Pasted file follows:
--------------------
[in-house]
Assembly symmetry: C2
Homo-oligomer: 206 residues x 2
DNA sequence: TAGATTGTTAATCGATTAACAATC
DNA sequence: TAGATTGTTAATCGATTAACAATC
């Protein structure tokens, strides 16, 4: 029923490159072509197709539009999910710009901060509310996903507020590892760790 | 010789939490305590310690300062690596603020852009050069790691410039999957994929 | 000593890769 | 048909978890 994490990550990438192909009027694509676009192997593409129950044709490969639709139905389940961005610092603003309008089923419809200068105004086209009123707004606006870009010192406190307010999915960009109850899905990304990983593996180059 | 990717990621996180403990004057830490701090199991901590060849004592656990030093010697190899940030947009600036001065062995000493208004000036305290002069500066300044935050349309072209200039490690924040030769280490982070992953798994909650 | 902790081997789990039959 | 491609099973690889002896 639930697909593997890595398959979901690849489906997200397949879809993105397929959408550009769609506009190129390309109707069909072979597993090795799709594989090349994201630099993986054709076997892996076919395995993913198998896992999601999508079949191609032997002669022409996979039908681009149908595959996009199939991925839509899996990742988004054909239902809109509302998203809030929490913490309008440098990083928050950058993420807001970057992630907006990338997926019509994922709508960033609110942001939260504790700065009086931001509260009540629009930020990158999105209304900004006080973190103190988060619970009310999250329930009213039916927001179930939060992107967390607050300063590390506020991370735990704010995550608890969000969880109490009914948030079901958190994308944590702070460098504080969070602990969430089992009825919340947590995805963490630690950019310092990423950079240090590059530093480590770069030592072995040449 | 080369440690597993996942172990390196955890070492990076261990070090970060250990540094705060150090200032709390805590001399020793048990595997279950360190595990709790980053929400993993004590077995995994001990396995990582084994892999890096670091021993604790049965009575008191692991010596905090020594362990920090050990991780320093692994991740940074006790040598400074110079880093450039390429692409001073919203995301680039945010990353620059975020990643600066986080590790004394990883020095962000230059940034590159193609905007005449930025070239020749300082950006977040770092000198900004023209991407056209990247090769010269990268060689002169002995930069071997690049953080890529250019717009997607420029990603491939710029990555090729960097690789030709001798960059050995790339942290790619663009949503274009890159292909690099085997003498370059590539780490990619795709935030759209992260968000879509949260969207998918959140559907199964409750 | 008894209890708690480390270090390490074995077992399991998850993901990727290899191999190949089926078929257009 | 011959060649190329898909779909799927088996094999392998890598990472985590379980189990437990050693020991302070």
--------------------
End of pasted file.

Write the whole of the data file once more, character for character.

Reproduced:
[in-house]
Assembly symmetry: C2
Homo-oligomer: 206 residues x 2
DNA sequence: TAGATTGTTAATCGATTAACAATC
DNA sequence: TAGATTGTTAATCGATTAACAATC
């Protein structure tokens, strides 16, 4: 029923490159072509197709539009999910710009901060509310996903507020590892760790 | 010789939490305590310690300062690596603020852009050069790691410039999957994929 | 000593890769 | 048909978890 994490990550990438192909009027694509676009192997593409129950044709490969639709139905389940961005610092603003309008089923419809200068105004086209009123707004606006870009010192406190307010999915960009109850899905990304990983593996180059 | 990717990621996180403990004057830490701090199991901590060849004592656990030093010697190899940030947009600036001065062995000493208004000036305290002069500066300044935050349309072209200039490690924040030769280490982070992953798994909650 | 902790081997789990039959 | 491609099973690889002896 639930697909593997890595398959979901690849489906997200397949879809993105397929959408550009769609506009190129390309109707069909072979597993090795799709594989090349994201630099993986054709076997892996076919395995993913198998896992999601999508079949191609032997002669022409996979039908681009149908595959996009199939991925839509899996990742988004054909239902809109509302998203809030929490913490309008440098990083928050950058993420807001970057992630907006990338997926019509994922709508960033609110942001939260504790700065009086931001509260009540629009930020990158999105209304900004006080973190103190988060619970009310999250329930009213039916927001179930939060992107967390607050300063590390506020991370735990704010995550608890969000969880109490009914948030079901958190994308944590702070460098504080969070602990969430089992009825919340947590995805963490630690950019310092990423950079240090590059530093480590770069030592072995040449 | 080369440690597993996942172990390196955890070492990076261990070090970060250990540094705060150090200032709390805590001399020793048990595997279950360190595990709790980053929400993993004590077995995994001990396995990582084994892999890096670091021993604790049965009575008191692991010596905090020594362990920090050990991780320093692994991740940074006790040598400074110079880093450039390429692409001073919203995301680039945010990353620059975020990643600066986080590790004394990883020095962000230059940034590159193609905007005449930025070239020749300082950006977040770092000198900004023209991407056209990247090769010269990268060689002169002995930069071997690049953080890529250019717009997607420029990603491939710029990555090729960097690789030709001798960059050995790339942290790619663009949503274009890159292909690099085997003498370059590539780490990619795709935030759209992260968000879509949260969207998918959140559907199964409750 | 008894209890708690480390270090390490074995077992399991998850993901990727290899191999190949089926078929257009 | 011959060649190329898909779909799927088996094999392998890598990472985590379980189990437990050693020991302070």